At the end of January 2013 we finally saw the Government publish a response on front of pack nutrition labelling, following a consultation between health ministers in England, Wales, Scotland and Northern Ireland. The response has been met with joy by campaigners, who have been pushing for a consistent food labelling system for over a decade.
The argument is that clearer labelling that is positioned on the front of food will allow consumers to make informed decisions over the goods they eat. It is hoped that the move will help tackle the ever-growing obesity figures across the UK.
At the moment, there are various labelling systems in place, with some manufacturers including guideline daily amounts (GDA), which provide a percentage of the recommended daily intake for calories, fats, sugar, and salt. Alternatively, the ‘traffic light’ system uses green, yellow or red indicators to show as to whether the product has low, medium or high content of the above ingredients and nutrients.
However, there are concerns that multiple systems cause confusion amongst shoppers, as discussed by Public Health Minister Anna Soubry:
“The UK already has the largest number of products with front-of-pack labels in Europe, but research has shown that consumers get confused by the wide variety of labels used. By having a consistent system we will all be able to see, at a glance, what is in our food. This will help us all choose healthier options and control our calorie intake.”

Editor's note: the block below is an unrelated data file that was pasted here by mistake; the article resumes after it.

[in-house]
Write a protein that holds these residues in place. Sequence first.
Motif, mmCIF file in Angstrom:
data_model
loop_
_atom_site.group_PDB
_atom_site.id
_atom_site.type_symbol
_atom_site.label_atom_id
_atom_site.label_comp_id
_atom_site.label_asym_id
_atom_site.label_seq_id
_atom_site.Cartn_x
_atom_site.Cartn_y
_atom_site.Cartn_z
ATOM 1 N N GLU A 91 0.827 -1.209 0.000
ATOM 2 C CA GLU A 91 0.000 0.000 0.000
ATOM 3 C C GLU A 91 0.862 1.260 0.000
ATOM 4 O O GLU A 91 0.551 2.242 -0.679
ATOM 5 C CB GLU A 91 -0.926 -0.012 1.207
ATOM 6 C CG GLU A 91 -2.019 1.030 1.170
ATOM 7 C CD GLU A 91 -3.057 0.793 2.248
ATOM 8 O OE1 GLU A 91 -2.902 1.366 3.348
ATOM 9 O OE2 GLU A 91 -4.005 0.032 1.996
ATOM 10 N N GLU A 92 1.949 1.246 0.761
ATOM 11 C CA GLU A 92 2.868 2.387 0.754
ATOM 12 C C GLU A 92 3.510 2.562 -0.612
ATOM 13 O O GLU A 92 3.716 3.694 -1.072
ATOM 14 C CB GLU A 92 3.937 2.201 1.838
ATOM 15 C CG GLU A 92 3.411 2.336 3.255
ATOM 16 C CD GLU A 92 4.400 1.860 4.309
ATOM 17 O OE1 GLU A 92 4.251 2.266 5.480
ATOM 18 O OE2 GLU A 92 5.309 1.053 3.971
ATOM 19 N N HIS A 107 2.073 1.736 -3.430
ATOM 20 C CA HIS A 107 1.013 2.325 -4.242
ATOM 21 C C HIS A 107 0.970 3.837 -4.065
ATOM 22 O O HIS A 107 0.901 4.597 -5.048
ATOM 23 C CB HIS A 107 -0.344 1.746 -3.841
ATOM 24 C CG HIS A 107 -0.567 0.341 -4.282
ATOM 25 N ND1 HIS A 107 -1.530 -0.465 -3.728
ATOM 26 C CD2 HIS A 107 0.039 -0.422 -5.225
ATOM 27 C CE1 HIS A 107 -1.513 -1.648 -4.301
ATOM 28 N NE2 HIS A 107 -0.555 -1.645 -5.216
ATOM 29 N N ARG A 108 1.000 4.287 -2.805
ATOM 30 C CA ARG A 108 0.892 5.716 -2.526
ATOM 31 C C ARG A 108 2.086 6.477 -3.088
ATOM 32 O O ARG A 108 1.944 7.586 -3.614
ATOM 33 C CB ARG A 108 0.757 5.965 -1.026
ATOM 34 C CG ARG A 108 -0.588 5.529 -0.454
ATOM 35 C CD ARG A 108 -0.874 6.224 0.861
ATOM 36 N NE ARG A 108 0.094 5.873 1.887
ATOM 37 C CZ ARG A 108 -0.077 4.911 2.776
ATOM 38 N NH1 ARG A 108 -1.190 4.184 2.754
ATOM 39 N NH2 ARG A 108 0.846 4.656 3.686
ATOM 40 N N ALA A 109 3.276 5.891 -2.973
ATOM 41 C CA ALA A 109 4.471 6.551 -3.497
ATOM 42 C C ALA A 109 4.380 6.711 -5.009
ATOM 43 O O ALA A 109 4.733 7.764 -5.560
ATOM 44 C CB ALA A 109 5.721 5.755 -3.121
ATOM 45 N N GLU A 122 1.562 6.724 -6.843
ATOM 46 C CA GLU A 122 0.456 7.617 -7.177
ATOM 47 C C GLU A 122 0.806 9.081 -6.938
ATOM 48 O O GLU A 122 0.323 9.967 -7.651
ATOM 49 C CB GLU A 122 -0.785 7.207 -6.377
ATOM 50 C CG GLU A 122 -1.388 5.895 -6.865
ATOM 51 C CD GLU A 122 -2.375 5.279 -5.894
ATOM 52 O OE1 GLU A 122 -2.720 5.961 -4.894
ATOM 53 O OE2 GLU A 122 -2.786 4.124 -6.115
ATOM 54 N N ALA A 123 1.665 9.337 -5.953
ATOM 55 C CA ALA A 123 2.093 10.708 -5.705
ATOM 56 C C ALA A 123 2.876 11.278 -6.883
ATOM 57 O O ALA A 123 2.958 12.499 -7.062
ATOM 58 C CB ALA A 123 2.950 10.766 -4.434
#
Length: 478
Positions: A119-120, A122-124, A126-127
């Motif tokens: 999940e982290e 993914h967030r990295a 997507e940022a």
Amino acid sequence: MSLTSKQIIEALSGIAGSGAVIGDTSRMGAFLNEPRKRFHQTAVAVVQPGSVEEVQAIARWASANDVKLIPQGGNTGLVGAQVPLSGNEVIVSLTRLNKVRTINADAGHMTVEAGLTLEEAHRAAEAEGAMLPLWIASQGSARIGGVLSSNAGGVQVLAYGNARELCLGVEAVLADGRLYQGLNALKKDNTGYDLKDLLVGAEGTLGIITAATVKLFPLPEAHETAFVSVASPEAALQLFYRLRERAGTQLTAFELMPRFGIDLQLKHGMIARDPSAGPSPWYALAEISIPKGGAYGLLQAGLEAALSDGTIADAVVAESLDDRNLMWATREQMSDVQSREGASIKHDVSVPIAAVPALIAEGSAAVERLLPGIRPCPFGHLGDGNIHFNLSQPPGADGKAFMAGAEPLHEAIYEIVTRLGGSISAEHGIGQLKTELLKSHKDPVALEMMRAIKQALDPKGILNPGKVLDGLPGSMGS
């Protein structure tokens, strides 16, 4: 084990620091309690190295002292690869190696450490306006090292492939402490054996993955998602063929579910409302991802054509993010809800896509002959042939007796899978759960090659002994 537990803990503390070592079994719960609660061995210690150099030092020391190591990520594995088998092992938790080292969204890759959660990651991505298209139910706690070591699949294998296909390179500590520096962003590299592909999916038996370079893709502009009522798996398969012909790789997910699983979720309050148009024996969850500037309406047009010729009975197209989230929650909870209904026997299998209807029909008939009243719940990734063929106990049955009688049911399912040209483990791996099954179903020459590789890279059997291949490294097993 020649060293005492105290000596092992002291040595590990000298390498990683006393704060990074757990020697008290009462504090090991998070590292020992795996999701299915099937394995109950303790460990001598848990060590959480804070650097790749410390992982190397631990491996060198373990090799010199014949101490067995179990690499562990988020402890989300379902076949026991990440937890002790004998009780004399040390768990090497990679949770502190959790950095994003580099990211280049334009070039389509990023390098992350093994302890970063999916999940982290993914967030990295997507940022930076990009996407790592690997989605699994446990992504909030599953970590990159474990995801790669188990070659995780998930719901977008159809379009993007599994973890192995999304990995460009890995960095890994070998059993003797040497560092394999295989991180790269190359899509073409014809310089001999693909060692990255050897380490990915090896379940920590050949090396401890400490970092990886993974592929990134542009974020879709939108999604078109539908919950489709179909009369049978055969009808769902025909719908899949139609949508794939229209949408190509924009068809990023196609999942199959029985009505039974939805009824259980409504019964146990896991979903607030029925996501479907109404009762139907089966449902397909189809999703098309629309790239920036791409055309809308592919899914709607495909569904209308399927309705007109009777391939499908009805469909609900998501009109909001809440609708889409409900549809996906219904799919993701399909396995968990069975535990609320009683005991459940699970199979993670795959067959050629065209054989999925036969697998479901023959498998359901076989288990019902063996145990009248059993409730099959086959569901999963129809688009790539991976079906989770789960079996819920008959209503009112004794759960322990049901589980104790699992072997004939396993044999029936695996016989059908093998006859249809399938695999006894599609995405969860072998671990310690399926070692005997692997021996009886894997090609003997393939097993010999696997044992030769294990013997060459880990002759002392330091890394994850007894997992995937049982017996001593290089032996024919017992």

Past attempts to put a single system in place have stalled due to the fact it would have to be agreed at European level; with certain countries proving problematic. This has led the UK Government to push ahead with a voluntary system and, following discussions, they are confident that most of the big manufacturers and retailers will comply.
So, if these new food labels are introduced in the summer of 2013 as proposed, what can we expect them to look like? Well, the overriding message from the Government’s published response is that a combination of the systems already in place should be used:
- GDA percentages should still be clearly displayed, giving information per serving rather than the whole packet, avoiding the need to make calculations
- The ‘traffic light’ system should still be used as it has proven popular with shoppers, who are able to make a decision on a product ‘at a glance’
- The words high, medium, or low should be displayed next the content information of calories, fat, sugar, and salt
The Food Standards Agency (FDA), who recommended this scheme years ago, have created the graphic below to give us an idea of what the new front of pack food labelling system may look like.
There is no denying that the labels are clear and concise and should help shoppers make better decisions when it comes to buying healthier food. It will be interesting to see what kind of an impact this change has on UK obesity figures in the coming years, as we all hopefully become more aware of the nutritional value of the foods we are consuming.
If you are a food manufacturer or retailer looking to incorporate this new front of pack labelling system into your packaging then please call us on 01543 431 070 or email firstname.lastname@example.org to learn how we can help you out.
Image credit: Food Standards Agency